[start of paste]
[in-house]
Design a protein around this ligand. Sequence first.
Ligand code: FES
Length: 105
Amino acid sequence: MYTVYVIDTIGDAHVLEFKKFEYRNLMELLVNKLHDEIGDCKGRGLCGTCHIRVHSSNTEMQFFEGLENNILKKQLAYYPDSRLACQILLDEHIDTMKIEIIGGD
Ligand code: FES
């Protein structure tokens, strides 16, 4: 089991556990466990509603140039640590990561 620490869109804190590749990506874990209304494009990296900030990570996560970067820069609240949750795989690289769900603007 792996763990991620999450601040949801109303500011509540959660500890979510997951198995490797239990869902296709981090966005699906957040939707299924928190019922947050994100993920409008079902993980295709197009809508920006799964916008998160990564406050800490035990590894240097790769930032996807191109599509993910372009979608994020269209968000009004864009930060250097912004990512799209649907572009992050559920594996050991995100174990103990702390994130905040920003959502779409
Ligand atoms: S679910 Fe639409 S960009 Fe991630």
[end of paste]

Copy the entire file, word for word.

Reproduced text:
[in-house]
Design a protein around this ligand. Sequence first.
Ligand code: FES
Length: 105
Amino acid sequence: MYTVYVIDTIGDAHVLEFKKFEYRNLMELLVNKLHDEIGDCKGRGLCGTCHIRVHSSNTEMQFFEGLENNILKKQLAYYPDSRLACQILLDEHIDTMKIEIIGGD
Ligand code: FES
């Protein structure tokens, strides 16, 4: 089991556990466990509603140039640590990561 620490869109804190590749990506874990209304494009990296900030990570996560970067820069609240949750795989690289769900603007 792996763990991620999450601040949801109303500011509540959660500890979510997951198995490797239990869902296709981090966005699906957040939707299924928190019922947050994100993920409008079902993980295709197009809508920006799964916008998160990564406050800490035990590894240097790769930032996807191109599509993910372009979608994020269209968000009004864009930060250097912004990512799209649907572009992050559920594996050991995100174990103990702390994130905040920003959502779409
Ligand atoms: S679910 Fe639409 S960009 Fe991630």